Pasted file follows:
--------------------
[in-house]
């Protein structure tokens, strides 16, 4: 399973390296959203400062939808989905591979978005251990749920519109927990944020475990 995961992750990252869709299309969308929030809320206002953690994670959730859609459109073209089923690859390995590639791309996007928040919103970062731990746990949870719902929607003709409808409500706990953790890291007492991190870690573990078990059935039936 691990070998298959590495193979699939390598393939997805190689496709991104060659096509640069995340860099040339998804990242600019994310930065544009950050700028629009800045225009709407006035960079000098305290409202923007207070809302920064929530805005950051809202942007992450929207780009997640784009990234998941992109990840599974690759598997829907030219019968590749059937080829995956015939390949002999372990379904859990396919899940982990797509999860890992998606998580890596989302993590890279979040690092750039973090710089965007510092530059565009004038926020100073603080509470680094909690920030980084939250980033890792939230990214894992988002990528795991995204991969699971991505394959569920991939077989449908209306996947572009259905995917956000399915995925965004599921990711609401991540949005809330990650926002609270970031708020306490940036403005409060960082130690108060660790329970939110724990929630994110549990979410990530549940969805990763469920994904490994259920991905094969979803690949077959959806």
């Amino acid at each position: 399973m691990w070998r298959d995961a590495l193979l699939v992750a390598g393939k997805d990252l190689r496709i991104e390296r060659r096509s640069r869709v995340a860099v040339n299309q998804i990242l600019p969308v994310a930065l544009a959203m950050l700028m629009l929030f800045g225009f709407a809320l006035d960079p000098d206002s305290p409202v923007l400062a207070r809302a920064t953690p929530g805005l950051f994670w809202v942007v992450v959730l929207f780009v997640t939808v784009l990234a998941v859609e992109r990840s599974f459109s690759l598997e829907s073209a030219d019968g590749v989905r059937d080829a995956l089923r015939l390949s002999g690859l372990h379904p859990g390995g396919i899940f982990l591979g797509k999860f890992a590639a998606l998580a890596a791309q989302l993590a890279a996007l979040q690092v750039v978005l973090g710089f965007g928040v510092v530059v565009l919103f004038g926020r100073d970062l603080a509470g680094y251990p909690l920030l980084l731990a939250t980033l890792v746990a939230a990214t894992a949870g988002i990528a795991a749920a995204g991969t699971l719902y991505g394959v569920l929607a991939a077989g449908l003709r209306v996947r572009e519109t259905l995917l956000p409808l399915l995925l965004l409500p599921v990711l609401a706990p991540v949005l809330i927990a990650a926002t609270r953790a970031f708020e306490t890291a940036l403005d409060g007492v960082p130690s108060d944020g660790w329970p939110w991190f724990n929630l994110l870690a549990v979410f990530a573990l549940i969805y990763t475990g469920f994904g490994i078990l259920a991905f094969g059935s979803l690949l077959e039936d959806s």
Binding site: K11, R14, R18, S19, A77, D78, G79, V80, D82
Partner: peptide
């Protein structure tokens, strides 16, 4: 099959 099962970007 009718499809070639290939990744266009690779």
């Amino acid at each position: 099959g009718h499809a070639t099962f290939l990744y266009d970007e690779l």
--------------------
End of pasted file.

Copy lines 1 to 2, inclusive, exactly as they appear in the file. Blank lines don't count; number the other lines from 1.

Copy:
[in-house]
């Protein structure tokens, strides 16, 4: 399973390296959203400062939808989905591979978005251990749920519109927990944020475990 995961992750990252869709299309969308929030809320206002953690994670959730859609459109073209089923690859390995590639791309996007928040919103970062731990746990949870719902929607003709409808409500706990953790890291007492991190870690573990078990059935039936 691990070998298959590495193979699939390598393939997805190689496709991104060659096509640069995340860099040339998804990242600019994310930065544009950050700028629009800045225009709407006035960079000098305290409202923007207070809302920064929530805005950051809202942007992450929207780009997640784009990234998941992109990840599974690759598997829907030219019968590749059937080829995956015939390949002999372990379904859990396919899940982990797509999860890992998606998580890596989302993590890279979040690092750039973090710089965007510092530059565009004038926020100073603080509470680094909690920030980084939250980033890792939230990214894992988002990528795991995204991969699971991505394959569920991939077989449908209306996947572009259905995917956000399915995925965004599921990711609401991540949005809330990650926002609270970031708020306490940036403005409060960082130690108060660790329970939110724990929630994110549990979410990530549940969805990763469920994904490994259920991905094969979803690949077959959806």